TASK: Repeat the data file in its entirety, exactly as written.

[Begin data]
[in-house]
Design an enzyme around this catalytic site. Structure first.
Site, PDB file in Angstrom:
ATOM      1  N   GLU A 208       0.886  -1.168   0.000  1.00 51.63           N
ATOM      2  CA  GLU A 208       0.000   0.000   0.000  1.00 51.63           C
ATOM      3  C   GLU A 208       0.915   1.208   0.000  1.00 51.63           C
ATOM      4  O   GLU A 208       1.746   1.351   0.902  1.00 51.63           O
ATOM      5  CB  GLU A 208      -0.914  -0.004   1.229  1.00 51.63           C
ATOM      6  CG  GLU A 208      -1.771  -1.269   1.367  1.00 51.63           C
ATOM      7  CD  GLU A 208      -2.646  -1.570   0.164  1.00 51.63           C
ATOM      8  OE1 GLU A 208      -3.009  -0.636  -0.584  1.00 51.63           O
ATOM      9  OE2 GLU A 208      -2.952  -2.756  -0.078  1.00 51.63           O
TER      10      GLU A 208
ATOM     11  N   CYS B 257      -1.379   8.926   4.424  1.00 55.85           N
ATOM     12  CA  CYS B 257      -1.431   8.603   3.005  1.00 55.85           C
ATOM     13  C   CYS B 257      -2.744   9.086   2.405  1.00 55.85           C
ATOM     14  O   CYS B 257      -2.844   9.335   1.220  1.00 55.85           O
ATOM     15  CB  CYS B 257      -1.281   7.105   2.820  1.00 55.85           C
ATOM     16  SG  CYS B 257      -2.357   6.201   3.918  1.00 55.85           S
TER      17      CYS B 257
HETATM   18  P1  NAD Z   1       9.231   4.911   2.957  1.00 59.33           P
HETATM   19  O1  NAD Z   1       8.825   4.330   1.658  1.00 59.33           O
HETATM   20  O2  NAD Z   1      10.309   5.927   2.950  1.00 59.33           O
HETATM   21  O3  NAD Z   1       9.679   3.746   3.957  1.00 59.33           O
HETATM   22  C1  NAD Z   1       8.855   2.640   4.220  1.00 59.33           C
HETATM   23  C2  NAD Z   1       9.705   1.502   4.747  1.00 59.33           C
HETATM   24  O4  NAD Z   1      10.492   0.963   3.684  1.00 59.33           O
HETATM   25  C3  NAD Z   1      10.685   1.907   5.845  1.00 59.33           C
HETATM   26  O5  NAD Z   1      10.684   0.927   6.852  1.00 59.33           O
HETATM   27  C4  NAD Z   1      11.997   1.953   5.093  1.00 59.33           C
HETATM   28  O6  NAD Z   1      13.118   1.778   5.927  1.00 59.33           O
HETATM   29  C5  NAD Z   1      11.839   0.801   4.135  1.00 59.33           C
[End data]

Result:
[in-house]
Design an enzyme around this catalytic site. Structure first.
Site, PDB file in Angstrom:
ATOM      1  N   GLU A 208       0.886  -1.168   0.000  1.00 51.63           N
ATOM      2  CA  GLU A 208       0.000   0.000   0.000  1.00 51.63           C
ATOM      3  C   GLU A 208       0.915   1.208   0.000  1.00 51.63           C
ATOM      4  O   GLU A 208       1.746   1.351   0.902  1.00 51.63           O
ATOM      5  CB  GLU A 208      -0.914  -0.004   1.229  1.00 51.63           C
ATOM      6  CG  GLU A 208      -1.771  -1.269   1.367  1.00 51.63           C
ATOM      7  CD  GLU A 208      -2.646  -1.570   0.164  1.00 51.63           C
ATOM      8  OE1 GLU A 208      -3.009  -0.636  -0.584  1.00 51.63           O
ATOM      9  OE2 GLU A 208      -2.952  -2.756  -0.078  1.00 51.63           O
TER      10      GLU A 208
ATOM     11  N   CYS B 257      -1.379   8.926   4.424  1.00 55.85           N
ATOM     12  CA  CYS B 257      -1.431   8.603   3.005  1.00 55.85           C
ATOM     13  C   CYS B 257      -2.744   9.086   2.405  1.00 55.85           C
ATOM     14  O   CYS B 257      -2.844   9.335   1.220  1.00 55.85           O
ATOM     15  CB  CYS B 257      -1.281   7.105   2.820  1.00 55.85           C
ATOM     16  SG  CYS B 257      -2.357   6.201   3.918  1.00 55.85           S
TER      17      CYS B 257
HETATM   18  P1  NAD Z   1       9.231   4.911   2.957  1.00 59.33           P
HETATM   19  O1  NAD Z   1       8.825   4.330   1.658  1.00 59.33           O
HETATM   20  O2  NAD Z   1      10.309   5.927   2.950  1.00 59.33           O
HETATM   21  O3  NAD Z   1       9.679   3.746   3.957  1.00 59.33           O
HETATM   22  C1  NAD Z   1       8.855   2.640   4.220  1.00 59.33           C
HETATM   23  C2  NAD Z   1       9.705   1.502   4.747  1.00 59.33           C
HETATM   24  O4  NAD Z   1      10.492   0.963   3.684  1.00 59.33           O
HETATM   25  C3  NAD Z   1      10.685   1.907   5.845  1.00 59.33           C
HETATM   26  O5  NAD Z   1      10.684   0.927   6.852  1.00 59.33           O
HETATM   27  C4  NAD Z   1      11.997   1.953   5.093  1.00 59.33           C
HETATM   28  O6  NAD Z   1      13.118   1.778   5.927  1.00 59.33           O
HETATM   29  C5  NAD Z   1      11.839   0.801   4.135  1.00 59.33           C